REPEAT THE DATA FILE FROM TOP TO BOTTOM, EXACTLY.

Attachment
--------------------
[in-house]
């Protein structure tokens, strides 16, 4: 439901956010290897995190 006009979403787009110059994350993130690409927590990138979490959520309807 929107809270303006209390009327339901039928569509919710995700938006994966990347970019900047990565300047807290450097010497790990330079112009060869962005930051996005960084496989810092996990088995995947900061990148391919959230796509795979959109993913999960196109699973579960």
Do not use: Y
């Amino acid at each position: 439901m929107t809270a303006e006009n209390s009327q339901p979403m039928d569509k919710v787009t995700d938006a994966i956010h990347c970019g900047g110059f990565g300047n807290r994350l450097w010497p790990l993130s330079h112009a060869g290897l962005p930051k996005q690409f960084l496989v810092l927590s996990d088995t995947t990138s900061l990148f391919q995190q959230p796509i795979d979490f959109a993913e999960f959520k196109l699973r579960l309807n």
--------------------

[in-house]
């Protein structure tokens, strides 16, 4: 439901956010290897995190 006009979403787009110059994350993130690409927590990138979490959520309807 929107809270303006209390009327339901039928569509919710995700938006994966990347970019900047990565300047807290450097010497790990330079112009060869962005930051996005960084496989810092996990088995995947900061990148391919959230796509795979959109993913999960196109699973579960």
Do not use: Y
């Amino acid at each position: 439901m929107t809270a303006e006009n209390s009327q339901p979403m039928d569509k919710v787009t995700d938006a994966i956010h990347c970019g900047g110059f990565g300047n807290r994350l450097w010497p790990l993130s330079h112009a060869g290897l962005p930051k996005q690409f960084l496989v810092l927590s996990d088995t995947t990138s900061l990148f391919q995190q959230p796509i795979d979490f959109a993913e999960f959520k196109l699973r579960l309807n």